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Logue: Details of Obamacare still murky
Much remains unknown about the federal Affordable Care Act that begins Jan. 1, people packed into a town hall forum Friday in Yuba City heard.
"We're talking the federal government here," said Assemblyman Dan Logue. "Everybody's going to have health coverage. But is everybody going to get health care?"
"The people in California really have no idea what we're headed," he said.
Logue, R-Loma Rica, and the Yuba-Sutter Chamber of Commerce hosted the informational hearing held in the Yuba City City Council chambers and attracting an overflow crowd to discuss the measure Congress passed in 2011.
David Panush, director of government relations for the California Health Benefit Exchange that will provide health care plans, was among the four-member panel of speakers.
"No one has done what we're about to do," Panush said. "We're not going to get it right the first time."
He said the exchange gets calls daily asking when California residents can buy coverage under the new federal care act. Panush said he has tell people to wait until January.
Ken DeVore, legislative director of the National Federation of Independent Business, California, said the 1,000 pages of original care act legislation nearly tripled with amendments and regulations for the measure cover 13,000 pages.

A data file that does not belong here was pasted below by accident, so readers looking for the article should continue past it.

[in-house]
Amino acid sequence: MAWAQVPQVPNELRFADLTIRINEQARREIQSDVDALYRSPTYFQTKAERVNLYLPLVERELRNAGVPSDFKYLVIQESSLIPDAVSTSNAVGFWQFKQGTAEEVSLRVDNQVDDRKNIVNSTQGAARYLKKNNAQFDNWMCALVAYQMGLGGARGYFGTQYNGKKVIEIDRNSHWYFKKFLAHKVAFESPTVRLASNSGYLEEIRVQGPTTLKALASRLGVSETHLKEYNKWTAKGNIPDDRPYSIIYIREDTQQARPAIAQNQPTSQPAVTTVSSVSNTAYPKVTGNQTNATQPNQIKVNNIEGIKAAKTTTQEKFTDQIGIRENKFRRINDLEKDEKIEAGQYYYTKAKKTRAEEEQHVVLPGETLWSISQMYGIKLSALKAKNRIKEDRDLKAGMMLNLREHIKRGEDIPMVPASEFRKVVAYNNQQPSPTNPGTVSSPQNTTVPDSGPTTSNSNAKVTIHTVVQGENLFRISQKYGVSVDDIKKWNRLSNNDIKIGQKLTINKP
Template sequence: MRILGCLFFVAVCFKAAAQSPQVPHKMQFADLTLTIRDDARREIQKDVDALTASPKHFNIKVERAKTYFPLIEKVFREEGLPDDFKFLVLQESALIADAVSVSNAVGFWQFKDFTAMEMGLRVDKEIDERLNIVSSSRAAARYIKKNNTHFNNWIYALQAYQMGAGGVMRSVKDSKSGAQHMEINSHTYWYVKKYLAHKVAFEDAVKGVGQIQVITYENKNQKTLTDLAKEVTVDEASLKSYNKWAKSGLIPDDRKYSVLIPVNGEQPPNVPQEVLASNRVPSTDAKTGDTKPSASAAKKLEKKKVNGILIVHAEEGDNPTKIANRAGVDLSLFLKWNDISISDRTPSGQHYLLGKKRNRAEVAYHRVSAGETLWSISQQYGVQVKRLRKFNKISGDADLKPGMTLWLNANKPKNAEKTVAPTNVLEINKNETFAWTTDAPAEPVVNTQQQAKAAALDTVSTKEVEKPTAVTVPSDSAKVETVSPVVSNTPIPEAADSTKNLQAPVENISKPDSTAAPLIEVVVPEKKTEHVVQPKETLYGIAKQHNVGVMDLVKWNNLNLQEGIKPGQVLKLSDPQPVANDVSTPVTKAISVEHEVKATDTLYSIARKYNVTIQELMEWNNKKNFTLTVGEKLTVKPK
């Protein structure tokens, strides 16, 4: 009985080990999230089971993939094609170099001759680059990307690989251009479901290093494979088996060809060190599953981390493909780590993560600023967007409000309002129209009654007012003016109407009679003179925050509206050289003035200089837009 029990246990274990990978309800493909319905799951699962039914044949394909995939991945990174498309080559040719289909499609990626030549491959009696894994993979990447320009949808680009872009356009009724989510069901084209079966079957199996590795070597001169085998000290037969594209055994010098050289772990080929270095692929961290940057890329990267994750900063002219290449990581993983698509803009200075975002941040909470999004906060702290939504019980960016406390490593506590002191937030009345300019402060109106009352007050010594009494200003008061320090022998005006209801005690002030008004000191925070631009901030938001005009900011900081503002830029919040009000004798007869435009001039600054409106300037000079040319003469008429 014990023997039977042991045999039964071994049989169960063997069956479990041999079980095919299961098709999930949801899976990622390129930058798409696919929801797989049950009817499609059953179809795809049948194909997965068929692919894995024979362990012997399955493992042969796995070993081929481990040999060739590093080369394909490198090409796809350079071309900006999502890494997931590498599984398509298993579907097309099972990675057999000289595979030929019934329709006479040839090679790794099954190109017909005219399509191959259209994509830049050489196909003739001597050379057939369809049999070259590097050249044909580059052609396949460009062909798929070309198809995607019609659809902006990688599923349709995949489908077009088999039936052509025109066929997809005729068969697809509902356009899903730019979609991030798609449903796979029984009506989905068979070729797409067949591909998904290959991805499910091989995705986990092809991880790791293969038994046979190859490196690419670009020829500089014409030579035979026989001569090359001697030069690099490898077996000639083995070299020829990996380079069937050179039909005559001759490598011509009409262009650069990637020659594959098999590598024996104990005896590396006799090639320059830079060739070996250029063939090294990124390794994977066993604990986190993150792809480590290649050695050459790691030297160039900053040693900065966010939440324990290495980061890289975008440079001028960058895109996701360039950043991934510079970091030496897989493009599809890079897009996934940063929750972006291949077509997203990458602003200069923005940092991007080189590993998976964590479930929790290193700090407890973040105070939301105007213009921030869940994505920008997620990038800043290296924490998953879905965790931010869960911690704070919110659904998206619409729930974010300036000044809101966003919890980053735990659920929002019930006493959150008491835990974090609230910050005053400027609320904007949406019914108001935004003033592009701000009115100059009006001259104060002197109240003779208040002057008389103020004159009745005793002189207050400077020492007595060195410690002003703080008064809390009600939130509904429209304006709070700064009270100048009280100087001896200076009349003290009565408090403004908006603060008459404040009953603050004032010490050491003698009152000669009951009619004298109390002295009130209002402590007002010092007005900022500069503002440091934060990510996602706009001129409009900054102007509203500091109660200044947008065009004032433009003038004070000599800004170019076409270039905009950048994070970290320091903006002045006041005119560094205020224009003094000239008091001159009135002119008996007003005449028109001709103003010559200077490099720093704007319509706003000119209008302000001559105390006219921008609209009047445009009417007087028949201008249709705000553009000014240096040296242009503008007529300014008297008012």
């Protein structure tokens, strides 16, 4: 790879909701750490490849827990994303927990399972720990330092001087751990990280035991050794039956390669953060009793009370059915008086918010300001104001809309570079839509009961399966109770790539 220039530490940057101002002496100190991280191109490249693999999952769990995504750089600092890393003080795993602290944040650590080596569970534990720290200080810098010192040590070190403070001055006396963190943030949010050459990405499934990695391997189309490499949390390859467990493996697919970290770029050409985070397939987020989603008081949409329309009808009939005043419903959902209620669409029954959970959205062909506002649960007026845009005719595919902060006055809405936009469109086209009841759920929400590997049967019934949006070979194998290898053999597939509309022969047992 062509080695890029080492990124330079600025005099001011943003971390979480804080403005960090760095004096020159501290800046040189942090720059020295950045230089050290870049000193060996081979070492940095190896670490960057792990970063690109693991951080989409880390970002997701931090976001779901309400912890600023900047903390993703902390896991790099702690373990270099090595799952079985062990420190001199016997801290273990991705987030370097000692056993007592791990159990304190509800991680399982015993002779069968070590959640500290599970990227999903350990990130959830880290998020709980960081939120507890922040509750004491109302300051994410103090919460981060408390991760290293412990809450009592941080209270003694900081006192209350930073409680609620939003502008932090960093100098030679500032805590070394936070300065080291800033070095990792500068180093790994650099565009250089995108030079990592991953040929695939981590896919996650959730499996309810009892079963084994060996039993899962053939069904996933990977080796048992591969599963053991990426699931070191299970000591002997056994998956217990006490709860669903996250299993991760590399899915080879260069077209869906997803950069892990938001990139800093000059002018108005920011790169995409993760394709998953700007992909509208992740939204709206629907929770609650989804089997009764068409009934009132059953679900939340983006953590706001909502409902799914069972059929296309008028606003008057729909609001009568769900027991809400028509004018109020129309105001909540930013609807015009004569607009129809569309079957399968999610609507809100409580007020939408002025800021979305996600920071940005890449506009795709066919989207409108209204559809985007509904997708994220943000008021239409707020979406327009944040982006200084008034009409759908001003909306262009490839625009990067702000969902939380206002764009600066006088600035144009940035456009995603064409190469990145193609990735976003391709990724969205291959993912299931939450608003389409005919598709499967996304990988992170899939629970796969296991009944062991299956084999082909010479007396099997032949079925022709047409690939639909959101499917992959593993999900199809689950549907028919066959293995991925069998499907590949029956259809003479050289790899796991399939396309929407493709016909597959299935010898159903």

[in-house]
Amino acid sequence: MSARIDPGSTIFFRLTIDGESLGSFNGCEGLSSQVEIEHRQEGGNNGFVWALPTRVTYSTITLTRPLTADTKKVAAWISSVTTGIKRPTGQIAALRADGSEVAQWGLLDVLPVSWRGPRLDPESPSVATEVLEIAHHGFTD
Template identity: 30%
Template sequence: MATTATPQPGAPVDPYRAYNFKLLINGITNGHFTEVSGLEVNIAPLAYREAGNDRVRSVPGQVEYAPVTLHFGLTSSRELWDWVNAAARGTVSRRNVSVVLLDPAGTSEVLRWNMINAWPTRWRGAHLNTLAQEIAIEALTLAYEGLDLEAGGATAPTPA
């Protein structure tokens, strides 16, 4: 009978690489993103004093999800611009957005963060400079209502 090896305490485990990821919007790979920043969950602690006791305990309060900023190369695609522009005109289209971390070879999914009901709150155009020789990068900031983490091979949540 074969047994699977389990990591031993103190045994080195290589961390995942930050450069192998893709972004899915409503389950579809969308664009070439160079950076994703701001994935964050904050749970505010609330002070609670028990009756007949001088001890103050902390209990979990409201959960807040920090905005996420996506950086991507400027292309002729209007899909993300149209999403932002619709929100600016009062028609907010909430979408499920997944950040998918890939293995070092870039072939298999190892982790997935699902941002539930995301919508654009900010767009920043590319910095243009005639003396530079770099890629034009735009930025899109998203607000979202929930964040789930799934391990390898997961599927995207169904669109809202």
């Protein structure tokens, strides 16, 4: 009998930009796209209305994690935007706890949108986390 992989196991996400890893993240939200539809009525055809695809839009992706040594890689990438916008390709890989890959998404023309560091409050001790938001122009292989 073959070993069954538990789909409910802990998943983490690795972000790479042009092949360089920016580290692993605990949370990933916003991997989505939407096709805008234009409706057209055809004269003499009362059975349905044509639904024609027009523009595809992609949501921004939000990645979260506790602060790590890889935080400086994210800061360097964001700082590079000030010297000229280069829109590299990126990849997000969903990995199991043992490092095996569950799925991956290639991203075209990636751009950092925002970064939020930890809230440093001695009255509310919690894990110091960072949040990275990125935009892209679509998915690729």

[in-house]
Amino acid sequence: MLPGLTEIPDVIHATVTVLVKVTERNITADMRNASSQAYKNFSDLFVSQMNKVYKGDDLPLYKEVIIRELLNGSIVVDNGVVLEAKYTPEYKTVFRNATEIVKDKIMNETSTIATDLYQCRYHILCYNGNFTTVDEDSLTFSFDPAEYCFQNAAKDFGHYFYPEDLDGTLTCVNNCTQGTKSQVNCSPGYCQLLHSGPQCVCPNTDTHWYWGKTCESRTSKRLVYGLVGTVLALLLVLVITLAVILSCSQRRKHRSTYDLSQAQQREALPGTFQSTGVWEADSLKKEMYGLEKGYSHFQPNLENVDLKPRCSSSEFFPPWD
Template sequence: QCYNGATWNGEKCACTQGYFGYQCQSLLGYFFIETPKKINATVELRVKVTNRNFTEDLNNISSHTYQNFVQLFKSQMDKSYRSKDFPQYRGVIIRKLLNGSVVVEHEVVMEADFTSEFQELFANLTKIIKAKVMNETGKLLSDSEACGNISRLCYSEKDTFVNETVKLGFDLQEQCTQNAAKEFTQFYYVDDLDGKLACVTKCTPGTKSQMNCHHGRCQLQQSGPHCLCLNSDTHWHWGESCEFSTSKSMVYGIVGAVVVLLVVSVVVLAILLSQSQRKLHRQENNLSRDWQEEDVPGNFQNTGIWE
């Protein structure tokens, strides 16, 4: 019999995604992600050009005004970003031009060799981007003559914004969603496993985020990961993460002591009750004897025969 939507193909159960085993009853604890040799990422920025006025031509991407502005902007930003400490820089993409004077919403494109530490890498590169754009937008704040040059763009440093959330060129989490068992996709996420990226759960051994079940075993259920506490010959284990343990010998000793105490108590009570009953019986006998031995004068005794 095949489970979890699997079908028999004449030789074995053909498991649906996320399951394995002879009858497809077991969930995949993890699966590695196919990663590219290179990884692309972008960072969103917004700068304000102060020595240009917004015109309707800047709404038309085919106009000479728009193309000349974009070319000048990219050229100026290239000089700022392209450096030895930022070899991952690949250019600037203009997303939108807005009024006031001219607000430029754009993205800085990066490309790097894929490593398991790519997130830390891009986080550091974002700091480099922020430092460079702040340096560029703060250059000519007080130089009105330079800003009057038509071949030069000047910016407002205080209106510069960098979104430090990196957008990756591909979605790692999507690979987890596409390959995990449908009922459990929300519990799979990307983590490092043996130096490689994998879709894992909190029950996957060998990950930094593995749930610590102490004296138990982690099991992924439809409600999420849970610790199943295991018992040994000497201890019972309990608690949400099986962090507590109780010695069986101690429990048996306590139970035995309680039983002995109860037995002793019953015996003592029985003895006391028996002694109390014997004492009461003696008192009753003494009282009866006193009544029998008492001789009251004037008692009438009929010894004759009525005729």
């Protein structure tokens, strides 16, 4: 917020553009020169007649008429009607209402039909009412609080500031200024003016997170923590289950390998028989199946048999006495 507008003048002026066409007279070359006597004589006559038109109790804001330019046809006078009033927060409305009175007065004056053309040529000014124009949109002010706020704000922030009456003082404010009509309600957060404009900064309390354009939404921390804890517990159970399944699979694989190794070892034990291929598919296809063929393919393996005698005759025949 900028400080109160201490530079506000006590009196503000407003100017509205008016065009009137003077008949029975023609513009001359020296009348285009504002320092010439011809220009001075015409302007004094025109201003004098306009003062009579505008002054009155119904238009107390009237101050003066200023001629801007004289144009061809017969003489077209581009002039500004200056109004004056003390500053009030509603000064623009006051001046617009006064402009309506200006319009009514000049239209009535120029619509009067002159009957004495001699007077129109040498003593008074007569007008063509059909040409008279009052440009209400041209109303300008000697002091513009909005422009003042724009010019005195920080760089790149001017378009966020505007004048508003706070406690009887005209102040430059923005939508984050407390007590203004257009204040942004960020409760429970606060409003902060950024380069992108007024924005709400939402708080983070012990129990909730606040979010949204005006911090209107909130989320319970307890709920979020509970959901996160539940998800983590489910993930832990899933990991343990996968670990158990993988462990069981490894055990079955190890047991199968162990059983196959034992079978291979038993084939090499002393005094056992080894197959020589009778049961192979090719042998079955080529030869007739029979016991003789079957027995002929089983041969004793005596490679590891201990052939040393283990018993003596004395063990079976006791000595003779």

"It's going to be very tough on business — particularly small business," DeVore said of the new federal law.
He noted the challenges understanding the fluid federal measure.
"The rules — who does what — keep changing all the time," DeVore said. "I liken it to baiting a hook with an active worm."
Dr. Richard Thorp of Butte County, president elect of the California Medical Association and a member of the panel, said the federal law is a health insurance reform measure — not a reform of health care.
The federal law will add more than 5 million people in the state to health insurance coverage when the workforce of physicians is aging and more doctors are needed, he said.
"You don't have to do the math too hard to figure out that they're some problems," Thorp said.
He called the new federal law probably the biggest change in the way health care is delivered since Medicare began in the 1960s.
Dr. Herbert Gladen, a surgeon in Colusa, spoke from the audience and said 22 percent of doctors in California were trained in another country.
"We're looting the world" for doctors, Gladen said.